Figuring for Yourself
Suppose astronomers discover a radio message from a civilization whose planet orbits a star 35 light-years away. Their message encourages us to send a radio answer, which we decide to do. Suppose our governing bodies take 2 years to decide whether and how to answer. When our answer arrives there, their governing bodies also take two of our years to frame an answer to us. How long after we get their first message can we hope to get their reply to ours? (A question for further thinking: Once communication gets going, should we continue to wait for a reply before we send the next message?)
The light a planet receives from the Sun (per square meter of planet surface) decreases with the square of the distance from the Sun. So a planet that is twice as far from the Sun as Earth receives (1/2)2 = 0.25 times (25%) as much light and a planet that is three times as far from the Sun receives (1/3)2 = 0.11 times (11%) as much light. How much light is received by the moons of Jupiter and Saturn (compared to Earth), worlds which orbit 5.2 and 9.5 times farther from the Sun than Earth?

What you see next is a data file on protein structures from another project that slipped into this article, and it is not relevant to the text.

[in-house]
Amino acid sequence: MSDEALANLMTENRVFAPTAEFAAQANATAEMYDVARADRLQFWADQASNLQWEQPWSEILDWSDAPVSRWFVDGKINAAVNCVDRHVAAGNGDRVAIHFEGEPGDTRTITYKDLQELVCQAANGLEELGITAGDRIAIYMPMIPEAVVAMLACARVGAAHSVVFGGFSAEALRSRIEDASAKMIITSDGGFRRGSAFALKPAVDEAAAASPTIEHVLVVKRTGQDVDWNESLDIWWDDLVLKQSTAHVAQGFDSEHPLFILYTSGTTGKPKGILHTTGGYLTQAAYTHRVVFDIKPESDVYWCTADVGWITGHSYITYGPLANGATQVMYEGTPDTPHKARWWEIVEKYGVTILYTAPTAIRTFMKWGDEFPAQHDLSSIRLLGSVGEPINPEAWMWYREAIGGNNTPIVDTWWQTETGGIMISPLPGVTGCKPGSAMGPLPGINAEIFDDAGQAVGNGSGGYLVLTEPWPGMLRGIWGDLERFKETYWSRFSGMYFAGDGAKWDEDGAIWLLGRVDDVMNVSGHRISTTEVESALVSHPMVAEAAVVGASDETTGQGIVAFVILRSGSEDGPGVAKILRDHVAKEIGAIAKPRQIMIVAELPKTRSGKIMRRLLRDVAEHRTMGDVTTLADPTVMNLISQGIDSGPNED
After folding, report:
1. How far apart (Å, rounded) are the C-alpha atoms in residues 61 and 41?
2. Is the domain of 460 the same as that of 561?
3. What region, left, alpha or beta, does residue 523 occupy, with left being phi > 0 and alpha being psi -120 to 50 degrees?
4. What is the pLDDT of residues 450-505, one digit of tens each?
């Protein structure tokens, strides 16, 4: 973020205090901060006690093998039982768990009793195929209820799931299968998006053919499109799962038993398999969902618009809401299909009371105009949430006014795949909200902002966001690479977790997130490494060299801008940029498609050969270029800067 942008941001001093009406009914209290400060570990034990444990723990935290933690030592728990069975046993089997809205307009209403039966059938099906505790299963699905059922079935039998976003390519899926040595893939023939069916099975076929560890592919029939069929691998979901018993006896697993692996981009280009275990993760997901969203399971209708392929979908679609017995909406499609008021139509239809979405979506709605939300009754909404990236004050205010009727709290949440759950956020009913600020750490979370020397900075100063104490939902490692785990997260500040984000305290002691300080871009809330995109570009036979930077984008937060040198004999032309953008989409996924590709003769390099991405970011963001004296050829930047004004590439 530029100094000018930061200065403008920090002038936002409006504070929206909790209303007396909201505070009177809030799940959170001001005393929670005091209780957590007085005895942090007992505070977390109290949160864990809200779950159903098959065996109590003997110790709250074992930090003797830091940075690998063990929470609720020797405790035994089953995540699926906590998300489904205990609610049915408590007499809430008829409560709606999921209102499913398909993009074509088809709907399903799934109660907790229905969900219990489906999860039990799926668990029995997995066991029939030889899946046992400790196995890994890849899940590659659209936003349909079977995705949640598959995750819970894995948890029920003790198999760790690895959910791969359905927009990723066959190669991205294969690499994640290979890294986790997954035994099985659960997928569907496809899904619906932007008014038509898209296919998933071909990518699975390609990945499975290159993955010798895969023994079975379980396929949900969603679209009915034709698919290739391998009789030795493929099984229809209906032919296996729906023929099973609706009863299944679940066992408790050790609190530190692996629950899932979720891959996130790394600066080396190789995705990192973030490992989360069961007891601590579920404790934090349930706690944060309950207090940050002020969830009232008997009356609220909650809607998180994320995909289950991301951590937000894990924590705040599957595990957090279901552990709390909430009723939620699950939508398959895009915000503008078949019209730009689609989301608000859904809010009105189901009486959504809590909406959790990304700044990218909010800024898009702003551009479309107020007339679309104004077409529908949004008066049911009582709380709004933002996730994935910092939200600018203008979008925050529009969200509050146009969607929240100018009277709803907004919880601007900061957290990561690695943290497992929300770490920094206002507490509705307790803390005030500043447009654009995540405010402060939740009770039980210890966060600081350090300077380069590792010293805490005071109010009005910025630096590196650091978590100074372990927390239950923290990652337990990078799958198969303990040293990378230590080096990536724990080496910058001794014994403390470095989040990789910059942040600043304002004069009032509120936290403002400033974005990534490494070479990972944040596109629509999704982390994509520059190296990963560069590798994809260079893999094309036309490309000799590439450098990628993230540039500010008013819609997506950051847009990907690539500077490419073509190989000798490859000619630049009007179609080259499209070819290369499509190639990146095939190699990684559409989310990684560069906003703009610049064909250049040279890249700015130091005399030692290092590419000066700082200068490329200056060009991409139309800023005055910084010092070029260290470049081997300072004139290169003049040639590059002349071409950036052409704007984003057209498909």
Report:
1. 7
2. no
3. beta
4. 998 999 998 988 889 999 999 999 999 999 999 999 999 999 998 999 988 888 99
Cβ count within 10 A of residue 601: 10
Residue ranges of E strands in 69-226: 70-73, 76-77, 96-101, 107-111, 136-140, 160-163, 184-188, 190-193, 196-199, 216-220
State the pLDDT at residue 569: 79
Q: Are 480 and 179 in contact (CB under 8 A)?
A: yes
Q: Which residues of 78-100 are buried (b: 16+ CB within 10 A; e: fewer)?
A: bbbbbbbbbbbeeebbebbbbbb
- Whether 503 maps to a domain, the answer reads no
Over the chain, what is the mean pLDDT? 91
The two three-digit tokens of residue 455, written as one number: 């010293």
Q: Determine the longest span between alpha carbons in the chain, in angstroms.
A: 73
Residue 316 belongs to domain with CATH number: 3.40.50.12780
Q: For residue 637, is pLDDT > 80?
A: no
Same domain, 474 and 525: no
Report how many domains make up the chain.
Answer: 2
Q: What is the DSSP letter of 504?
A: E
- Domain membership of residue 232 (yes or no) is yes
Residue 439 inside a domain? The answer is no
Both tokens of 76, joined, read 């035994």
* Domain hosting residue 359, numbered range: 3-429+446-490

Think of our Milky Way Galaxy as a flat disk of diameter 100,000 light-years. Suppose we are one of 1000 civilizations, randomly distributed through the disk, interested in communicating via radio waves. How far away would the nearest such civilization be from us (on average)?